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Rhetorical Analysis of Martin Luther King's I Have A Dream Speech

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Martin Luther King Jr.’s “I Have a Dream” speech was made to thousands of people at the Washington Monument while facing the Lincoln Memorial on August 28, 1963. Dr. King called upon Americas to consider all people, both black and white, to be united, undivided and free. His rhetoric harkened back a hundred years past when the Emancipation Proclamation was enacted during Abraham Lincoln’s term as president which abolished slavery and allowed all people living in America to be equal and have equal rights. Unfortunately, in 1963, America had lost sight of this key Constitutional component instilled in the lives of many. For many years, African Americans suffered from persecution and segregation in a class-oriented society. Martin Luther King, a preacher, born in Atlanta, Georgia, tore down racial barriers that blocked effective communication in a society that ultimately led to mistreatment of high-ranking citizens. His speech brought inspiration and hope to not only African Americans, but white communities as well. His precise diction and passionate words reflected a humble and principled demeanor, which led him to deliver a message to the American people, considered as one of the greatest events in history (“Dream,” n.d.). An ordinary man, Martin Luther King Jr had an extraordinary message in his speech “I Have A Dream” that called for human equality and changed social justice, that impacted Americans for many generations to come by using Aristotle’s literary devices of ethos, pathos, and logos, historical and literary references, metaphors, and poetic devices.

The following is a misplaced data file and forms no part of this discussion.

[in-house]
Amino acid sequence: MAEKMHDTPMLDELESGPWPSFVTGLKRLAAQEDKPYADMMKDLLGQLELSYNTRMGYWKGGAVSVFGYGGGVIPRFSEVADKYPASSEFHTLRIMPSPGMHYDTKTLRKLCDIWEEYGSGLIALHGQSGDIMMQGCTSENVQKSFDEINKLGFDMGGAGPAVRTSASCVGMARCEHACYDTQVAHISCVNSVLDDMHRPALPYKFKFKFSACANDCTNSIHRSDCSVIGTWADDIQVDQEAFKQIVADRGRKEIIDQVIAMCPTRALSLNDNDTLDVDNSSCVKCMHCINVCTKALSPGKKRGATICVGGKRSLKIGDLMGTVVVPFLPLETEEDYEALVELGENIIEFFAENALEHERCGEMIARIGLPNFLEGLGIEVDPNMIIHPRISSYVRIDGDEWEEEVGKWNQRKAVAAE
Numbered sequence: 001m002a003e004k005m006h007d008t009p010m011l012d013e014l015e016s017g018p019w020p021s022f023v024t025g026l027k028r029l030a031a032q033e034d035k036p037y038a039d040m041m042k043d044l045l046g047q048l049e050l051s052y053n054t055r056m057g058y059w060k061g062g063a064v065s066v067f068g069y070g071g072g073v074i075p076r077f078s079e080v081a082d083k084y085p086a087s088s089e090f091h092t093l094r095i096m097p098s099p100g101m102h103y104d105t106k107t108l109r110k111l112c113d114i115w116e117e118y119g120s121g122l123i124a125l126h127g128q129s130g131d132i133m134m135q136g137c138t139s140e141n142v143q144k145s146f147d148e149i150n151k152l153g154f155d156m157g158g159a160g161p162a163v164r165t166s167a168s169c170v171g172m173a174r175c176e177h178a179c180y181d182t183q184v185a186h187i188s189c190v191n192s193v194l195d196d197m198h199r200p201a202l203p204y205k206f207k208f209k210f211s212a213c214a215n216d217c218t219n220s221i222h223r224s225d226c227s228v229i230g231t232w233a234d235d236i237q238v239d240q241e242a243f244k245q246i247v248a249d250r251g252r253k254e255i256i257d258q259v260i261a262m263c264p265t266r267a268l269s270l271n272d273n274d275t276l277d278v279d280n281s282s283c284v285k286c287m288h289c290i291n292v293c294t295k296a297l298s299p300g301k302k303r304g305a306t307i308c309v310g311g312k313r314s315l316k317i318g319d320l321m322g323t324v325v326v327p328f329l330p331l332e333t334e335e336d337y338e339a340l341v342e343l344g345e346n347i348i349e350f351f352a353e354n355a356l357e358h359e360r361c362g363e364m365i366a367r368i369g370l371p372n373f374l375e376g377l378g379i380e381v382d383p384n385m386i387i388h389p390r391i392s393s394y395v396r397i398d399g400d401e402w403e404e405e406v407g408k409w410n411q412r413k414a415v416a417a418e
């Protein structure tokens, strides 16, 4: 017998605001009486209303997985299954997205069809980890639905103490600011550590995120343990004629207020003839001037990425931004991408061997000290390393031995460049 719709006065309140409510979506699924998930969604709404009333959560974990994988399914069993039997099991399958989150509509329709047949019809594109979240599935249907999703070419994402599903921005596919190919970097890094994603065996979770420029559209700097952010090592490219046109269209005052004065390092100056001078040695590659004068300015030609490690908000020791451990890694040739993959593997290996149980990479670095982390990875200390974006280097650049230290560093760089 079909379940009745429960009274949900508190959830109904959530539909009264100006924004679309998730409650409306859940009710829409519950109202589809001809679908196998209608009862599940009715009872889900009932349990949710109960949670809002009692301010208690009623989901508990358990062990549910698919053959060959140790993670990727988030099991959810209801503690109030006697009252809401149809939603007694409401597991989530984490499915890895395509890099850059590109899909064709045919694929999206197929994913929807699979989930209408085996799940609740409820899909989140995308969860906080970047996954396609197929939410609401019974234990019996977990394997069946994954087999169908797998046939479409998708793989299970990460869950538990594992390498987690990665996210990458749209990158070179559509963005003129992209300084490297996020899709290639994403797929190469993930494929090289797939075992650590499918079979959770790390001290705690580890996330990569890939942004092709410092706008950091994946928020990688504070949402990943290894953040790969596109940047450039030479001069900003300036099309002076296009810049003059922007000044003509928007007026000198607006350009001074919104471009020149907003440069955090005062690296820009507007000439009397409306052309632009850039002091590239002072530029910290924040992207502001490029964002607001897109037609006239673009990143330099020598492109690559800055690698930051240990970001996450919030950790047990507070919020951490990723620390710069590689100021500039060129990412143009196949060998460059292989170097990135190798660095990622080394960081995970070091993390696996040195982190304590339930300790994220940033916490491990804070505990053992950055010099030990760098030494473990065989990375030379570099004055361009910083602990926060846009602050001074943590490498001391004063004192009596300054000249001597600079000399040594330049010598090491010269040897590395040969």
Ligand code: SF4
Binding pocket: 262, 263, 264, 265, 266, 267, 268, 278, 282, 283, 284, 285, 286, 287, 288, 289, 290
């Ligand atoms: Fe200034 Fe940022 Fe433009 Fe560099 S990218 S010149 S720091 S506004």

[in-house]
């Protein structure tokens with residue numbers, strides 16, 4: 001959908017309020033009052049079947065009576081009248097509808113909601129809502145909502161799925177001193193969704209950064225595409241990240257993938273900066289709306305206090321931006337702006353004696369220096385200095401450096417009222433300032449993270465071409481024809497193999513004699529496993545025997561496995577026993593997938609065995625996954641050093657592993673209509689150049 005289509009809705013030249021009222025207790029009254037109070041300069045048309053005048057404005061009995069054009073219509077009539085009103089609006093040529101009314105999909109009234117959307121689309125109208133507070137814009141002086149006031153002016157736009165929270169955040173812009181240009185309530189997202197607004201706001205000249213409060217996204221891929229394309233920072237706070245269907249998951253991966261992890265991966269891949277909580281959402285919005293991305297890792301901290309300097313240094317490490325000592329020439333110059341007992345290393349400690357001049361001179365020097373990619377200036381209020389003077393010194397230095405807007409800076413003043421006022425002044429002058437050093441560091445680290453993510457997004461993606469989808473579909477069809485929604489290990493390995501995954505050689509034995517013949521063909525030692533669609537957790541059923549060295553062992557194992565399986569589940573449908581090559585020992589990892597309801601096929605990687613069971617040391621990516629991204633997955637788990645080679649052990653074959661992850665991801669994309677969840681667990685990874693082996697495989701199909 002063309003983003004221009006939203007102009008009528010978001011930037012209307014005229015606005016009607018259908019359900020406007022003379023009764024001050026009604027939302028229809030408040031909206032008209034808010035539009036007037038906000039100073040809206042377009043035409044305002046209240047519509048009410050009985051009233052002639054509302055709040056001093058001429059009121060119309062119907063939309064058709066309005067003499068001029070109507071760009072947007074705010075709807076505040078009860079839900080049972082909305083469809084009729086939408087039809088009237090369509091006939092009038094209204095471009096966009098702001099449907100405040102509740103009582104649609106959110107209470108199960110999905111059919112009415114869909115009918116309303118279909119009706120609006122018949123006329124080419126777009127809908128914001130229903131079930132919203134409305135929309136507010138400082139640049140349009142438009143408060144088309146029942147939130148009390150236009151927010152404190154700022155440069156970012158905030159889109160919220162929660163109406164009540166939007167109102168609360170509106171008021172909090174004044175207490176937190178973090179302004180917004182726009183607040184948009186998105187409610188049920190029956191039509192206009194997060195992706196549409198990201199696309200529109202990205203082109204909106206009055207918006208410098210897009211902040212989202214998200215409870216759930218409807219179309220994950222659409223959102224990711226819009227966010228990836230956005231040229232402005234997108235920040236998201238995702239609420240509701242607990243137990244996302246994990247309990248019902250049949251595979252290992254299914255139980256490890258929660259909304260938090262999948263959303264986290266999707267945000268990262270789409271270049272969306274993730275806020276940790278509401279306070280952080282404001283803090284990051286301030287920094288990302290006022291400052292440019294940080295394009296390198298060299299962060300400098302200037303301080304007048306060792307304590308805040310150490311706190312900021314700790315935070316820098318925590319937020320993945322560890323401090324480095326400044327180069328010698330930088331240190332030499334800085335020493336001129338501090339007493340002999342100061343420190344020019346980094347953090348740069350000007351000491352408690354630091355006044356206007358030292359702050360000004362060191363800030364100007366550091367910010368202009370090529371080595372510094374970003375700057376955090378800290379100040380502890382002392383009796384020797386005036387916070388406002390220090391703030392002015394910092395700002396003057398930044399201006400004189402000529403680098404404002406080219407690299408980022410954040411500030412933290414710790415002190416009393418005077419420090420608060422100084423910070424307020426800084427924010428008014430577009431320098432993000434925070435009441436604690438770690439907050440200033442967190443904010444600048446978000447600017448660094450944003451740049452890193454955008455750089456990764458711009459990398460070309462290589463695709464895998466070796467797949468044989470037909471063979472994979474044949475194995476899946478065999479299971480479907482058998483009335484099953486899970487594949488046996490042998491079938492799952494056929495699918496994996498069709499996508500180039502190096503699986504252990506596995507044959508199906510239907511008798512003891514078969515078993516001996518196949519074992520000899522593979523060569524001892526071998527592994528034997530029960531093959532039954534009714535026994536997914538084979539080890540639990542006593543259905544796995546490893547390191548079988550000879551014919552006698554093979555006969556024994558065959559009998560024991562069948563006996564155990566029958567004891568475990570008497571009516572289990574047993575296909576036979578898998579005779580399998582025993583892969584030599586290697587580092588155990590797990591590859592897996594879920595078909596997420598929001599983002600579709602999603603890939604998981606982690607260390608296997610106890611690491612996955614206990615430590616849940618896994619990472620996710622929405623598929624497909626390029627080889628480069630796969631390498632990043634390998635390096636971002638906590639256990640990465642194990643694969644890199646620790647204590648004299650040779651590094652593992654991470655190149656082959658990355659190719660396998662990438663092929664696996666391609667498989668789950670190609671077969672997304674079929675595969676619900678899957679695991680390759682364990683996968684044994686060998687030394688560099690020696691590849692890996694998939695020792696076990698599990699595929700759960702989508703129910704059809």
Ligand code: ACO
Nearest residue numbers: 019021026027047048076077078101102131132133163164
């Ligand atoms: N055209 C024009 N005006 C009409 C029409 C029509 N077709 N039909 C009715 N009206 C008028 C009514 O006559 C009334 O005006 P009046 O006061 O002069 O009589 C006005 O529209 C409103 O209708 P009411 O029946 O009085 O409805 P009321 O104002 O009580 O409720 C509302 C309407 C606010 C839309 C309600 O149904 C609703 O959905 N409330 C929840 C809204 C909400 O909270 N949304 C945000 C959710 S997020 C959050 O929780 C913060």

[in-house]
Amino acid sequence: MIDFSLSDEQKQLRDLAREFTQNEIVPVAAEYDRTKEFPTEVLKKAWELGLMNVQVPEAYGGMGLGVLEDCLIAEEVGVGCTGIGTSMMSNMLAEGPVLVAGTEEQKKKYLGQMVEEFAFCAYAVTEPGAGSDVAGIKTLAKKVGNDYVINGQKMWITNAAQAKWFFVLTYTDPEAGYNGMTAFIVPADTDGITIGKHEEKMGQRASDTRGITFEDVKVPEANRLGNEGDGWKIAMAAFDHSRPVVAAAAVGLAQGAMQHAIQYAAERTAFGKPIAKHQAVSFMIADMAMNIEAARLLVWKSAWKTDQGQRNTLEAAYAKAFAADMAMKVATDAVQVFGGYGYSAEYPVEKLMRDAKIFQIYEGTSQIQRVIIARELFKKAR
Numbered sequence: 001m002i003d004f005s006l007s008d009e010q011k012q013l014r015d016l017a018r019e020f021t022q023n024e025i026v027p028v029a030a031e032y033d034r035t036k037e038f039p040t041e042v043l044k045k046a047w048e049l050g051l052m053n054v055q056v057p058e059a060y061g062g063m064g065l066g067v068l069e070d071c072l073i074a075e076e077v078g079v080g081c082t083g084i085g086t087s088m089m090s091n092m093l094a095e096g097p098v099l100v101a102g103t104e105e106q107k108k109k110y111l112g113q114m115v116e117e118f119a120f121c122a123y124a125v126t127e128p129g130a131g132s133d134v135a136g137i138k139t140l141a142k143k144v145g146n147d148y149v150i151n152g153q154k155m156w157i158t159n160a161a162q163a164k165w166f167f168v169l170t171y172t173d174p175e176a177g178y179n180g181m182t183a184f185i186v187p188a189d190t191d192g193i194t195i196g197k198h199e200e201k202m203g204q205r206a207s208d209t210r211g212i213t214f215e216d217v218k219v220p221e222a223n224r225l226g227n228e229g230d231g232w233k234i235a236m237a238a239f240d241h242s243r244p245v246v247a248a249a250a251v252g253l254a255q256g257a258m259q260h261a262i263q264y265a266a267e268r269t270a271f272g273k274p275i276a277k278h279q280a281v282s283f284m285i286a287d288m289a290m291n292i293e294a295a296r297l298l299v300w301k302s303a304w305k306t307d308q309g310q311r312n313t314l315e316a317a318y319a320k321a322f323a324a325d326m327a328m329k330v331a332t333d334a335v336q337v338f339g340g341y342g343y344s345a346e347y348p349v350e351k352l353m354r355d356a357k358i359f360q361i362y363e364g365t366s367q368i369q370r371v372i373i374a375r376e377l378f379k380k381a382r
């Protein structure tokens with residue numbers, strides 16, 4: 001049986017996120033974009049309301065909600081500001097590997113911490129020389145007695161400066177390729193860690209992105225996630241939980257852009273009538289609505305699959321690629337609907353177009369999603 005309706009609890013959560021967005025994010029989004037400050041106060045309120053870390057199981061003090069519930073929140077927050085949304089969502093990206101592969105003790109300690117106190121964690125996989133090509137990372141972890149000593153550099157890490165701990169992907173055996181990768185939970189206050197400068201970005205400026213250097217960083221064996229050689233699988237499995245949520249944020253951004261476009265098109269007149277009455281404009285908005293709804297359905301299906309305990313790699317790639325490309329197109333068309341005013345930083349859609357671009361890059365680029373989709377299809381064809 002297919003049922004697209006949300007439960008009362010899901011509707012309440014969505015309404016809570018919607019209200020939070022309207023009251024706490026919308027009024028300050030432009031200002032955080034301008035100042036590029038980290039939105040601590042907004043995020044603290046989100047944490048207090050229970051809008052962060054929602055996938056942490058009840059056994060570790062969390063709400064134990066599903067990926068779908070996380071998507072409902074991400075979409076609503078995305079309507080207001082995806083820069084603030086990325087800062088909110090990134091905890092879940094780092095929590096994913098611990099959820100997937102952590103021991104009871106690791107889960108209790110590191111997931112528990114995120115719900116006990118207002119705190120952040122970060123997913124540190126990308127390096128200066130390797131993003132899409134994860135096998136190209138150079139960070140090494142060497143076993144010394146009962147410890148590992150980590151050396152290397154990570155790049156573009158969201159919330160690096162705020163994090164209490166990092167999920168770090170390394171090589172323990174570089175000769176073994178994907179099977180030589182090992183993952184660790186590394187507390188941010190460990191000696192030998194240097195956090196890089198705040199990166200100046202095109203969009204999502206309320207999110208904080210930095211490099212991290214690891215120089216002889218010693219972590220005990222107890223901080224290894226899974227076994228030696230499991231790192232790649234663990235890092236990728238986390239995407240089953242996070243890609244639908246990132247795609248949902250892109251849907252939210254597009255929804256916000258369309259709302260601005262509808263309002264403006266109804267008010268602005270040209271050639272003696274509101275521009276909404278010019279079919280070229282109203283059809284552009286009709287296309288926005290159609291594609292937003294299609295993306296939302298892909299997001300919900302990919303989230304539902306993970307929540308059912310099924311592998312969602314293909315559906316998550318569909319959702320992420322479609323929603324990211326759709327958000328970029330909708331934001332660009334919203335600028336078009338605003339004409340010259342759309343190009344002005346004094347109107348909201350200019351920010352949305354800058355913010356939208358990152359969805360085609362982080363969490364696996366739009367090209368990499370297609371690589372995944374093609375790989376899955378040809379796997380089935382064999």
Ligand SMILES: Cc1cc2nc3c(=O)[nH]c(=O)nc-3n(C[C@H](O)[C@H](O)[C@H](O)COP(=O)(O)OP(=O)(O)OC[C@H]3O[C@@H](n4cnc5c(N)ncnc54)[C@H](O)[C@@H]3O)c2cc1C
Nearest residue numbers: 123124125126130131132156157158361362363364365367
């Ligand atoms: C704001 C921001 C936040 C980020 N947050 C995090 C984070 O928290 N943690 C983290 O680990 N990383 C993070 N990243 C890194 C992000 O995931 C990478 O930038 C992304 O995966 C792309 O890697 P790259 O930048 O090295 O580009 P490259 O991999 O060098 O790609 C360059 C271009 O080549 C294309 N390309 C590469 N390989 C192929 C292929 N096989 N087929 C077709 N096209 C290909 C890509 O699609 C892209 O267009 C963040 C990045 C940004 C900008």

First, Martin Luther King Jr.’s speech, “I Have a Dream” accomplished what the founding fathers in American history could not: a call for all people to receive ...


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...cted his message. Since then, segregation in all public places that includes America’s schools and government institutions has been abolished. African Americans commonly receive scholarships and equal opportunity for employment. America also elected the first black president of the United States, Barrack Obama. King’s “I Have a Dream” speech fulfilled his vision of human equality. His focus on the ordinary man to achieve extraordinary things is much like the stamp of his own character as a gift to the masses he would never personally know.





References

King, M.L. Jr. (1963, August 28). I have a dream—address at March on Washington. Martin Luther King Speeches. Retrieved from http://www.mlkonline.net/dream.html

Martin Luther King Online (Producer) I have a dream speech video. Retrieved from http://www.mlkonline.net/video-i-have-a-dream-speech.html


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